As with most of these podcasts, I enjoyed it very much.  I did not see the curve ball coming at the end.  Apparently this guy believes in God.  I am completely confused, as this does not conform with Kelly’s seemingly evidence-based approach on life.  For instance, with respect to his view on universal minimum income, he thinks we should set policy based on data acquired from previous experiences.  The ending was definitely a cliff hanger.  He most definitely needs to be invited back.

Also, it seems that the end of the podcast was cut off.  Right at the end Kelly unleashes a litany of flattering comments, without any response from Sam.  What’s up with that?

 
mjl123
 
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mjl123
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07 July 2017 12:38
 

Interesting discussion, but Kevin Kelly appears to fall victim to the globalist, and perhaps somewhat elite, view that displaced workers will be retrained. It begs the question, retrained for what? AI will eventually be capable of doing ALL jobs. Which ones will be left? Fairly rudimentary AI is already conducting customer service, driving cars, performing surgery, summarizing data, writing reports, making complex decisions, and winning Jeapordy.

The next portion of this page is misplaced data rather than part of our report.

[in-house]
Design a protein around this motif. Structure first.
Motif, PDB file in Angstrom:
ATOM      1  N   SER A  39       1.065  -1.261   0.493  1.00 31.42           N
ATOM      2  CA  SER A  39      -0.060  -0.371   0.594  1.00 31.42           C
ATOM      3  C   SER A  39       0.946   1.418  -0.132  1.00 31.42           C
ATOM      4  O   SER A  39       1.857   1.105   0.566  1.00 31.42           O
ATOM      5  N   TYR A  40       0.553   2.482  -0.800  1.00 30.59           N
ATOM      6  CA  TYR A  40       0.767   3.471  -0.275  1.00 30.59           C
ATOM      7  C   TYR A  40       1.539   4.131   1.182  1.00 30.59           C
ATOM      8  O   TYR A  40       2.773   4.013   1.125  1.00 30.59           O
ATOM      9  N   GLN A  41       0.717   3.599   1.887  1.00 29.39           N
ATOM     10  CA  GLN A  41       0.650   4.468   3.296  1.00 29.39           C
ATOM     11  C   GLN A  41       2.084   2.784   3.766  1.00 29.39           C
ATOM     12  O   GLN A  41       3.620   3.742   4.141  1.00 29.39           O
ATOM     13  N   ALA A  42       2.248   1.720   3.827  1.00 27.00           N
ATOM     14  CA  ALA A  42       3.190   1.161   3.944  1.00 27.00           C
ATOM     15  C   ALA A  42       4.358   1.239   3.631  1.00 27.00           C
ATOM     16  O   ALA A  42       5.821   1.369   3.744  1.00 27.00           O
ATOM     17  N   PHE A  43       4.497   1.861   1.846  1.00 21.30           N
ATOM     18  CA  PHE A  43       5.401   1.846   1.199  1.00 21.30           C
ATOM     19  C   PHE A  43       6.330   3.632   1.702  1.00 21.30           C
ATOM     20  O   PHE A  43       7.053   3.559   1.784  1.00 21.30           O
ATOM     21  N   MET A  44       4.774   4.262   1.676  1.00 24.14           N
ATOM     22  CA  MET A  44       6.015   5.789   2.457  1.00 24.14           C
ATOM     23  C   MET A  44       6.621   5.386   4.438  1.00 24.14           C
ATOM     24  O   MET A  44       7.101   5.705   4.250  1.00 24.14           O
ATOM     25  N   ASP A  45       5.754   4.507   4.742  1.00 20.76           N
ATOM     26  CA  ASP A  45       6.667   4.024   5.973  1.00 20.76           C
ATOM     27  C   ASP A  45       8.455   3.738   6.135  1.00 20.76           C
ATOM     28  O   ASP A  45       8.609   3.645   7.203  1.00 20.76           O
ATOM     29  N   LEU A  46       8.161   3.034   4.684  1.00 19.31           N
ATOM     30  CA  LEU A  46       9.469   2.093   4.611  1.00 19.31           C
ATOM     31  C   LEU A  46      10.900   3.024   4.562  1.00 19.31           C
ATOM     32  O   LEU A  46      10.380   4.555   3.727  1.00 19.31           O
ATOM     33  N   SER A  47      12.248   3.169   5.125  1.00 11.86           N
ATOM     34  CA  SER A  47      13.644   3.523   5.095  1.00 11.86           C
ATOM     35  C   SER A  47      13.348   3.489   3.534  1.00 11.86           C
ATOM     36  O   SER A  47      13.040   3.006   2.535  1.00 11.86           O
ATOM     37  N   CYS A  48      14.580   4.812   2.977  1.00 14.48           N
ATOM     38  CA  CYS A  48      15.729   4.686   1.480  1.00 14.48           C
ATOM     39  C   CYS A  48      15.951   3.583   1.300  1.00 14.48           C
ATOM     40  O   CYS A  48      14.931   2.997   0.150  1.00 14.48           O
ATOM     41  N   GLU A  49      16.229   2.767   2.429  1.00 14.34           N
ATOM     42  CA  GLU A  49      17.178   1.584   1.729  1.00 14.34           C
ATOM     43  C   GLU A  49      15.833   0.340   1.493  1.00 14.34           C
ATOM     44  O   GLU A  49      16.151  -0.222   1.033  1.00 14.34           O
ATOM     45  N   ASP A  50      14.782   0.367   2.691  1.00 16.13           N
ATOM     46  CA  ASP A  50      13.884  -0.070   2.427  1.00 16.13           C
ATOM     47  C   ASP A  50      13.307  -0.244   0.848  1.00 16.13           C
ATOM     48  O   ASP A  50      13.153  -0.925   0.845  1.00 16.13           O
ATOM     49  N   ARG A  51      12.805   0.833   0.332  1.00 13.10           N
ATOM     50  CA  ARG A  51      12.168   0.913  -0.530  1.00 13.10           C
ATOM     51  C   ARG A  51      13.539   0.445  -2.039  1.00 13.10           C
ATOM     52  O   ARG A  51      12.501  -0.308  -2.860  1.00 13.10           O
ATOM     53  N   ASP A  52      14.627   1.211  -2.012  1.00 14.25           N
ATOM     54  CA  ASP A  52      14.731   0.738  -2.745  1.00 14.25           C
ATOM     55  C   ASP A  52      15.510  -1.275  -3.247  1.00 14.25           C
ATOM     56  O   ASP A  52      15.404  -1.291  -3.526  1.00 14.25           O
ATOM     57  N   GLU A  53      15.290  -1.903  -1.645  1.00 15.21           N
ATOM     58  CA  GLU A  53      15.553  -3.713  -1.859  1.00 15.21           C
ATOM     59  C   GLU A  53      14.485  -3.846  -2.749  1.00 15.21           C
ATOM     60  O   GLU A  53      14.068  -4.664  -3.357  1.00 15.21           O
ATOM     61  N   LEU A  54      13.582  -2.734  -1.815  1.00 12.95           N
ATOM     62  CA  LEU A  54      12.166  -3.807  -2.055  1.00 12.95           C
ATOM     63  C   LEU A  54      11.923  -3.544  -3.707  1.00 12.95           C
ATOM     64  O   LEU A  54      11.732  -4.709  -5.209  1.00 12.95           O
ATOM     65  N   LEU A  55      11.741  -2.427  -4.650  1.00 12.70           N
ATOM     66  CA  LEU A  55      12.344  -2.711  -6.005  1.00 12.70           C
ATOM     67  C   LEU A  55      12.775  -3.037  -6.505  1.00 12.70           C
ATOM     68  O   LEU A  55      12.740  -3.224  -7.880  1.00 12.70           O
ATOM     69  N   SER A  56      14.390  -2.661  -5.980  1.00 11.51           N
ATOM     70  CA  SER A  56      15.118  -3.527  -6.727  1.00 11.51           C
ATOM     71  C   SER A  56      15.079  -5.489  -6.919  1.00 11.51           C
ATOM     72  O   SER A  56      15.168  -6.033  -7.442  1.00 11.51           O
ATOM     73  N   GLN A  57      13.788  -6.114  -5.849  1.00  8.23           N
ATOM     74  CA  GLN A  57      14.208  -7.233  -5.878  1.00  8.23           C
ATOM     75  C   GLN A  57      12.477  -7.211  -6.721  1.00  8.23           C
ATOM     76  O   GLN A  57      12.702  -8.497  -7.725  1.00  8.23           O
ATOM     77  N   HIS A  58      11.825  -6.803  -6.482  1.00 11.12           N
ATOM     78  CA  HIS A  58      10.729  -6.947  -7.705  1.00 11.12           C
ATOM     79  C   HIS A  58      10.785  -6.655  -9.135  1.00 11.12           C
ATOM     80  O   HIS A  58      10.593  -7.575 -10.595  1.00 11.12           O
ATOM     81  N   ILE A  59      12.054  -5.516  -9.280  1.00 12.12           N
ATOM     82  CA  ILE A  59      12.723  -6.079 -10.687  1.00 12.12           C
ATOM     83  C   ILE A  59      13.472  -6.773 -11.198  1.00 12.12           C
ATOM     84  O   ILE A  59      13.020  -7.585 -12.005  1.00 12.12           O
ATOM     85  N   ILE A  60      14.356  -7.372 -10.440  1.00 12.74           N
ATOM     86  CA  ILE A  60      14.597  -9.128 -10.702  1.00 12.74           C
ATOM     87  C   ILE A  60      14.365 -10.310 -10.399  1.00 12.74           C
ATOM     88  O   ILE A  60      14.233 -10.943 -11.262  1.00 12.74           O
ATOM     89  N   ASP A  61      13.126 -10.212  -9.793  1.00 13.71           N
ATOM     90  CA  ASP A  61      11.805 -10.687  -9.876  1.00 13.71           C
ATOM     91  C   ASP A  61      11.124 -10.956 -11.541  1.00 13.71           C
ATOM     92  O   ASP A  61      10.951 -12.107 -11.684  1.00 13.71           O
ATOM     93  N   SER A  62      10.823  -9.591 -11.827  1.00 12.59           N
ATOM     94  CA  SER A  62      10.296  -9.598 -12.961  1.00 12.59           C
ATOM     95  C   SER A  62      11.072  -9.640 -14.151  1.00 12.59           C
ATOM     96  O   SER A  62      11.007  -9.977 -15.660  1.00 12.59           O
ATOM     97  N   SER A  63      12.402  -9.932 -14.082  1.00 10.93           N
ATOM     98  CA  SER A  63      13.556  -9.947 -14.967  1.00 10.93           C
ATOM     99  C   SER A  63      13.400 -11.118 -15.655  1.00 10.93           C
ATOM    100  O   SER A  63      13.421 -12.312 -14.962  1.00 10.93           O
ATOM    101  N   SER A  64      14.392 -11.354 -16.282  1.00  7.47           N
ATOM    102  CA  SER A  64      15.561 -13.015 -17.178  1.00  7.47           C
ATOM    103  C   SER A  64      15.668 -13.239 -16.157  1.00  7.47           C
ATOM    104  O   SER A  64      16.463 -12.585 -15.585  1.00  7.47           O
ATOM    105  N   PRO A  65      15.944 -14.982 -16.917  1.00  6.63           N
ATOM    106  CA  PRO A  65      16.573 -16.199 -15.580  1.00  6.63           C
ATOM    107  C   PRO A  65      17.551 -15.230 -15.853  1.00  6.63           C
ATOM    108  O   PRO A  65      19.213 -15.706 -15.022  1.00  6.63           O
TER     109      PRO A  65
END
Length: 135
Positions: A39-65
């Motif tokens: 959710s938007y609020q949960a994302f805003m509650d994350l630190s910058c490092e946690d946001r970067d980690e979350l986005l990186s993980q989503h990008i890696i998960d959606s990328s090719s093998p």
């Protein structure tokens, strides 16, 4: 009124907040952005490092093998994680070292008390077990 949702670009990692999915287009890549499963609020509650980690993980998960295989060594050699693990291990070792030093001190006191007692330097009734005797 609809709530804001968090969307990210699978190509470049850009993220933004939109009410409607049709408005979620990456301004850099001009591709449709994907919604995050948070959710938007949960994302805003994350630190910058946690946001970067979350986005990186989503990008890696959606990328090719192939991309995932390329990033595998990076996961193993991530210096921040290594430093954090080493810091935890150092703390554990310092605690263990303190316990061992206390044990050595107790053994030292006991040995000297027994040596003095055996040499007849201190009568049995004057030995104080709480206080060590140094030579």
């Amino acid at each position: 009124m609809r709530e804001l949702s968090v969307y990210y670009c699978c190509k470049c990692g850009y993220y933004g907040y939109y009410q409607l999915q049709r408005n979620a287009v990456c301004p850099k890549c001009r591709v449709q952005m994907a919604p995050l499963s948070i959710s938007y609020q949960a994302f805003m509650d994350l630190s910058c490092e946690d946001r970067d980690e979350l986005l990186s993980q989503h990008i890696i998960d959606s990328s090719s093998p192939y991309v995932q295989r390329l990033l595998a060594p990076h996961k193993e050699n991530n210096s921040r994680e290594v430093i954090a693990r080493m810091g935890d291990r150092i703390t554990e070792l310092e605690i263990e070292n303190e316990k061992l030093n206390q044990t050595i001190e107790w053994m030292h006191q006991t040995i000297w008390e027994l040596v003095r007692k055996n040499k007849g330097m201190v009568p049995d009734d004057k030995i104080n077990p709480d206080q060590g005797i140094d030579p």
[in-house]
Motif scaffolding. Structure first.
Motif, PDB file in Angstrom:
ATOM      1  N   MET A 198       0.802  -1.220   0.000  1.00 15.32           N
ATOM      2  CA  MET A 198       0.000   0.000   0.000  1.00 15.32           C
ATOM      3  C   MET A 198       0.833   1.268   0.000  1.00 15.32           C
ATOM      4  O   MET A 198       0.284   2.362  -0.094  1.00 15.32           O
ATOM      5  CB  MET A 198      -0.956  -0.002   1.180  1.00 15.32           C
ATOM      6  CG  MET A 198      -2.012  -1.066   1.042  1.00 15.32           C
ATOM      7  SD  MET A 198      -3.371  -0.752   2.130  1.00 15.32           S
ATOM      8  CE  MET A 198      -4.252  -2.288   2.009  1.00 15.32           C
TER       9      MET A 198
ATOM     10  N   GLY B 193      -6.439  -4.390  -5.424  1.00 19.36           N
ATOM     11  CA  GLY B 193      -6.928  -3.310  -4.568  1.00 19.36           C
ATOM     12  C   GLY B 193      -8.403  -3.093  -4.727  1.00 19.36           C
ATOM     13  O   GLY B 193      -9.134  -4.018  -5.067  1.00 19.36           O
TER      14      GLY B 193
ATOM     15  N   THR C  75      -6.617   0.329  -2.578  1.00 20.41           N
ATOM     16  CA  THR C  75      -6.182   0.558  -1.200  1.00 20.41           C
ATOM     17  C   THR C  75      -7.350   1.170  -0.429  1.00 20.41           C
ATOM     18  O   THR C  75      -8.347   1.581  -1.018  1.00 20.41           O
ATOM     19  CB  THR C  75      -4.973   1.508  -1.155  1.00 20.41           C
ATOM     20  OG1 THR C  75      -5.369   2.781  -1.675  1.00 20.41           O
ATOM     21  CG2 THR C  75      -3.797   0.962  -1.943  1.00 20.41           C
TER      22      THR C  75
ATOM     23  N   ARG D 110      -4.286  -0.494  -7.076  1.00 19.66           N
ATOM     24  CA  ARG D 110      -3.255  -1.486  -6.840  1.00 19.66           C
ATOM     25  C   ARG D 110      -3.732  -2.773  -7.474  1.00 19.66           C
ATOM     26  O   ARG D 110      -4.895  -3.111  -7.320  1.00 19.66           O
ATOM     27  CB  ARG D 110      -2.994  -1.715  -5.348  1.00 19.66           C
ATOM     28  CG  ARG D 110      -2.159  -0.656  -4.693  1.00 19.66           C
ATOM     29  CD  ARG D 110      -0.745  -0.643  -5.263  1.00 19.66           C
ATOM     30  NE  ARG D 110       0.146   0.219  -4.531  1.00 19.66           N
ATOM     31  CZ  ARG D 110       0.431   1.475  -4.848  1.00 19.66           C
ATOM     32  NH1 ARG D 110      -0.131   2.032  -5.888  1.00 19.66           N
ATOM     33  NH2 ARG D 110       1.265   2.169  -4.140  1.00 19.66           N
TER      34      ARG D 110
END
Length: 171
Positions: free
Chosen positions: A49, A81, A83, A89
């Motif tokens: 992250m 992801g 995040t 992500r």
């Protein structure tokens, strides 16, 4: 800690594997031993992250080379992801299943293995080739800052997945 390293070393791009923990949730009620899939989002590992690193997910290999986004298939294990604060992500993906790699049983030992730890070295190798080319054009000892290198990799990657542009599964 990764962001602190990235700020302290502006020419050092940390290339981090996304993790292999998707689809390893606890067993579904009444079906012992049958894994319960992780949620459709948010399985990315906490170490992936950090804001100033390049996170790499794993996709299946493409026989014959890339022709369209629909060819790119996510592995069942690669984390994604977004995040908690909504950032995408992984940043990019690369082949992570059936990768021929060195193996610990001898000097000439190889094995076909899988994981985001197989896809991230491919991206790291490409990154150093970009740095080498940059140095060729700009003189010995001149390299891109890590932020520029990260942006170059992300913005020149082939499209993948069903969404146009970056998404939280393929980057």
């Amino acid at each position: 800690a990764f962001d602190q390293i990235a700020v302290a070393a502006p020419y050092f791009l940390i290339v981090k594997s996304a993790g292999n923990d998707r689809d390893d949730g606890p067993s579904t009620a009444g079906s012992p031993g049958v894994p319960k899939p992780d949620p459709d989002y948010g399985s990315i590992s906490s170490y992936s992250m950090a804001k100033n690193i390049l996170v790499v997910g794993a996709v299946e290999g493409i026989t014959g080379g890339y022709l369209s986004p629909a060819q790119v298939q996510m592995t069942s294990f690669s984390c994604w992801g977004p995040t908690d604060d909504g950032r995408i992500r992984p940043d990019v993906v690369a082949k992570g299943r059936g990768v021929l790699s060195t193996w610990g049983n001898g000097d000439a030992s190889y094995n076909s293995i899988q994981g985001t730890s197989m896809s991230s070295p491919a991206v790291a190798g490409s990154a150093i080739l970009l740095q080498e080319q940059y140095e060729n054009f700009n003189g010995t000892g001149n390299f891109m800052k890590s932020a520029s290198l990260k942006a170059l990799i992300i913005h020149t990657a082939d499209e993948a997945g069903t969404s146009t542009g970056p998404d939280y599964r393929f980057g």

Regarding Alignment, I agree with another poster.  I believe that there is, unfortunately, no cash value in ethics, and that if ethical behavior is programmed into a system it willl be a marketing decision; not a decision made by society or a benevolent few.
For a cognitive view of intelligence, I suggest Robert Sternberg’s Triarchic Theory of Intelligence. He might be a good guest on the topic.

 
Nhoj Morley
 
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07 July 2017 21:09
 

How well one can imagine future technology depends on how well current technology is understood. Such discussions should include regular reality checks from factory authorized service personnel.